Sotheby’s is prepping for the Fall when it will have an interesting collection of 200 works from Frank Dunphy, who is best known as the former business manager to Damien Hirst. It is no surprise that Dunphy is selling through Sotheby’s with whom he organized the (in)famous Beautiful Inside My Head Forever sale a decade before. The Dunphy sale, which includes a great deal of material from the YBA artists, comes as bookend to the decade of Hirst’s muted market in the wake of the big bang of the BIMHF sale. Here’s Sotheby’s on the sale:Continue Reading
Damien Hirst has a habit of falling back on his crowd pleasers after launching a new series of work, especially if that new series fails to excite the market or imagination. We saw it with the Bacon-inspired paintings that were debuted at the Wallace Collection. Those duds were followed by the global Spot painting exhibition. Last year we had the debut of Hirst’s sunken treasure fantasy which received a lot of attention (and for which many sales were claimed) but few outside of Hirst’s camp of fellow travelers have buzzed about buying works.
Today Hirst’s firm announces a combination of the two tactics. We’re back at an Old Master venue, Houghton Hall, once the site of one of the world’s great art collections when Walpole lived there. But the Old Masters are being taken down to show Hirst’s latest variations on the the Spots, which seem to be quite small and intimate compared to previous examples in the series.
A series of new paintings by Damien Hirst entitled Colour Space will be installed in the State Rooms at Houghton Hall for the exhibition Damien Hirst at Houghton Hall from 25 March – 15 July 2018. The exhibition will also include a number of the artist’s most celebrated sculptures which will be installed throughout the 18th-century house and gardens.
This exploration of the recent news reports about Damien Hirsts market and the actual prices paid over the last decade is available AMMpro subscribers. First time monthly subscribers get a 30-day grace period. Curious readers are welcome to subscribe to the monthly option and cancel before being billed.
Perhaps the strangest turn in the coverage of the art market this month has been the two prominent pieces on Damien Hirst at a time when his diminished standing has not seen a dramatic rise—or fall.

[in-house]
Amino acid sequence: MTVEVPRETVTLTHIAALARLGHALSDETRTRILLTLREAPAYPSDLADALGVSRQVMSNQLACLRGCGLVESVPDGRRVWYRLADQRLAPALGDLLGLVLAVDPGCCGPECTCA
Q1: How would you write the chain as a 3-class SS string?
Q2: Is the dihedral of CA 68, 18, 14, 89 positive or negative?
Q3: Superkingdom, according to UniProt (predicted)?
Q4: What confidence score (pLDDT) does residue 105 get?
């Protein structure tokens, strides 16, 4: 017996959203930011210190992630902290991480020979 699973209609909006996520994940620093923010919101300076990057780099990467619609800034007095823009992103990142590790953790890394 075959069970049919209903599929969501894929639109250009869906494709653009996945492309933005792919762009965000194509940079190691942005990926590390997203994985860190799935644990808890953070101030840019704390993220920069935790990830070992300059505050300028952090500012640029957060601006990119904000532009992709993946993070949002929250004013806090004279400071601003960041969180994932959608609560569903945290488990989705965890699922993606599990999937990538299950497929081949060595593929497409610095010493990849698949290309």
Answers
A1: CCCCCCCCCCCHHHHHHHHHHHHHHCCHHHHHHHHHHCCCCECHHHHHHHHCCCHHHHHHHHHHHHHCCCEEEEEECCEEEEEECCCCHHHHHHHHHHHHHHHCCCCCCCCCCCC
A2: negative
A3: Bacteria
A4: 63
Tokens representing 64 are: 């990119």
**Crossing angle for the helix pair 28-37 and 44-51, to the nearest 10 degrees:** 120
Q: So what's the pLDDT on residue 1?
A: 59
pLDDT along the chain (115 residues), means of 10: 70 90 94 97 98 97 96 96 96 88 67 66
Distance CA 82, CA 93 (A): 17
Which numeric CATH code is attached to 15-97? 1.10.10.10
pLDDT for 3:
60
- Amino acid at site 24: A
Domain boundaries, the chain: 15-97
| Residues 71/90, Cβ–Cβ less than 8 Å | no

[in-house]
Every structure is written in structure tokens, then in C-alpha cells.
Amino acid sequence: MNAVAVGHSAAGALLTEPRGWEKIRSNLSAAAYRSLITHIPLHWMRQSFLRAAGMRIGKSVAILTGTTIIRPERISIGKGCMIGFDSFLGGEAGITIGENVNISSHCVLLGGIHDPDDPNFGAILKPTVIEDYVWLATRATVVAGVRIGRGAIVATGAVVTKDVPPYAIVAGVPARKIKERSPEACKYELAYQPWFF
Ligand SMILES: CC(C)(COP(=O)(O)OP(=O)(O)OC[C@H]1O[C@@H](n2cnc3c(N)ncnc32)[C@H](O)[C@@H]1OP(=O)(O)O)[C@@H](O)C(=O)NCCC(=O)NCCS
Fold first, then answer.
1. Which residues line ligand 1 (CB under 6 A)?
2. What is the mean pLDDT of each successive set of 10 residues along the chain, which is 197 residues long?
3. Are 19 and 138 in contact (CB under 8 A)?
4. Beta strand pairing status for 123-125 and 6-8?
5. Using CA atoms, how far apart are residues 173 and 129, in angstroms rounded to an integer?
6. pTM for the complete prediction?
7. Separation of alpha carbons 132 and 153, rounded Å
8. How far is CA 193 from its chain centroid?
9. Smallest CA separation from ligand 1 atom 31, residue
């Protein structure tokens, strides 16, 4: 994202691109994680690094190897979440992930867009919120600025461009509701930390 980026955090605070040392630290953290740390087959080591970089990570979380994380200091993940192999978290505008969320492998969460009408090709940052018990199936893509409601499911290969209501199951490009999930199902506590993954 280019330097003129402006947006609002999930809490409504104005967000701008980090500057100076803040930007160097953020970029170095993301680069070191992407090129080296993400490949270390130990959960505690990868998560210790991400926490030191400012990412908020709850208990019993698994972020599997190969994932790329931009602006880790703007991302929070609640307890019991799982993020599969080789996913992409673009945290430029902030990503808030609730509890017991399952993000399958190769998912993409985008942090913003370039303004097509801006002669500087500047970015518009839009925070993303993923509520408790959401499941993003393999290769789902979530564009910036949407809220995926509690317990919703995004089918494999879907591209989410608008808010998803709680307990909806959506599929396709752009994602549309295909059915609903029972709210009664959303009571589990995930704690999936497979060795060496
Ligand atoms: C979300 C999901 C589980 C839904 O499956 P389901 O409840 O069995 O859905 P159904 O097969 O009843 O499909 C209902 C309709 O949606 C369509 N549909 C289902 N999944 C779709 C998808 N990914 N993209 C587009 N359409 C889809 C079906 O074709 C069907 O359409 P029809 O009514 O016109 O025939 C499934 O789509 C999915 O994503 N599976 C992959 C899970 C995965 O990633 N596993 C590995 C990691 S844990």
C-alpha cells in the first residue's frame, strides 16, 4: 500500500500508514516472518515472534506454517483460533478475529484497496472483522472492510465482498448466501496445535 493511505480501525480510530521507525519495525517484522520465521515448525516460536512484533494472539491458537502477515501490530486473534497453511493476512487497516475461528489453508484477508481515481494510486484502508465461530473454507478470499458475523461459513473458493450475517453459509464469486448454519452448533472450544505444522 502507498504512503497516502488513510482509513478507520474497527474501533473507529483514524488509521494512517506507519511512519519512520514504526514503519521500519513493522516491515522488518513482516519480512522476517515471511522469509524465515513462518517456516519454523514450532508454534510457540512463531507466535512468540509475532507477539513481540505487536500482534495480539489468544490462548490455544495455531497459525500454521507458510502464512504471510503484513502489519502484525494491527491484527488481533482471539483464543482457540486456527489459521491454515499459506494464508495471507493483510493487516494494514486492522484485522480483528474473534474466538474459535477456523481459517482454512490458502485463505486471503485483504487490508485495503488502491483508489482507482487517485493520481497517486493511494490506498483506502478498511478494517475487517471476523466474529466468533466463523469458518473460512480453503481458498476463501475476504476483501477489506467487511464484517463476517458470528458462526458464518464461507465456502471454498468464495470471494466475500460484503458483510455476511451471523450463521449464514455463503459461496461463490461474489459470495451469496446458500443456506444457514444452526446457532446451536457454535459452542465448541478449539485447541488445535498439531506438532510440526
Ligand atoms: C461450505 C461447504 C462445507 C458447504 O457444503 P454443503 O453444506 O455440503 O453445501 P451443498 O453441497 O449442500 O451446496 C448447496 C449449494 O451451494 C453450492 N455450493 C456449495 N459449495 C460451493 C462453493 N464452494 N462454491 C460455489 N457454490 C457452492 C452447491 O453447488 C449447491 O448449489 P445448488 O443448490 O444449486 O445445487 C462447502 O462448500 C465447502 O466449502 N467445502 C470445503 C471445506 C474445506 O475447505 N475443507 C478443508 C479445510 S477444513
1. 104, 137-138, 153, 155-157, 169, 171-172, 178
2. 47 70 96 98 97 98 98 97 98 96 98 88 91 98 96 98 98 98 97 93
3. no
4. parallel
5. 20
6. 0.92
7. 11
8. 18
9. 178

First we had David Colman’s profile of Hirst in New York Magazine which seems like a leftover piece that got held during the run-up to the Hirst’s Venice launch this Spring. Except there’s one addition:
According to Hirst, as of early November, the show had already generated $330 million in sales.
Anyone following the Hirst market, in general, and his Venice show, in particular, knows that the Hirst may be able to make that $330m claim but most likely the buyers are what can best be described as engrossers, not end users.
Around the time of the Venice opening, there was a lot of chatter in the press suggesting strong demand. That chatter came from collectors already heavily committed to the Hirst market, many of whom are active buyers and sellers.
Privately there was very little talk of buyers in Venice. If the world was waiting for yet another comeback from Hirst (the Bacon-like paintings, the global spot extravaganza, and, now, the deep-sea treasures,) it would seem we’re going to have to keep waiting.
Meanwhile, Felix Salmon takes to The New Yorker to further garble the picture with an argument against a straw man. To Salmon, art market opinions from the likes of Sarah Thornton and Robin Pogrebin are foolishly dismissive of Hirst after the apex of his market in September of 2008 as the global financial crisis entered its first jolts of dislocation:
That auction marked the end of Hirst as an art-market darling: his auction volumes and prices dropped, and bitter collectors who had spent millions on his art were left with work worth much less than what they had paid for it.
Salmon goes on to offer a finger-wagging lecture about the difference between the private market for art sales and the public market of auctions:Continue Reading
Several journalists have made a point of claiming that the Damien Hirst show in Venice hosted by Francois Pinault is the most talked about event in the art world right now. It’s not clear who they’re talking to. But this week’s sales in New York have a way for us to tell if the sales reports coming out of Venice—like the one below from ArtNews—are recording real demand.
Phillips has a massive pill cabinet estimated at $5-7m which already has a third-party guarantee. Sotheby’s day sale has a good spot painting, Levamisole (above) which was acquired from Hirst and then sold privately. It’s got a good ($600-800k) estimate and is in great condition.Continue Reading
We’re a little skeptical about Scott Reyburn’s claim in the International New York Times that Damien Hirst’s new show in Venice is “is the most talked-about art show on earth.” But we are curious to hear his reporting on sales from the extravagant “Wreck of the Unbelievable.” Also, it isn’t clear why some commentators think it is terribly naughty to point out that art work featured in the biennale itself is also for sale through the artists’ dealers. Nevertheless, Reyburn treats us to a little of that too.Continue Reading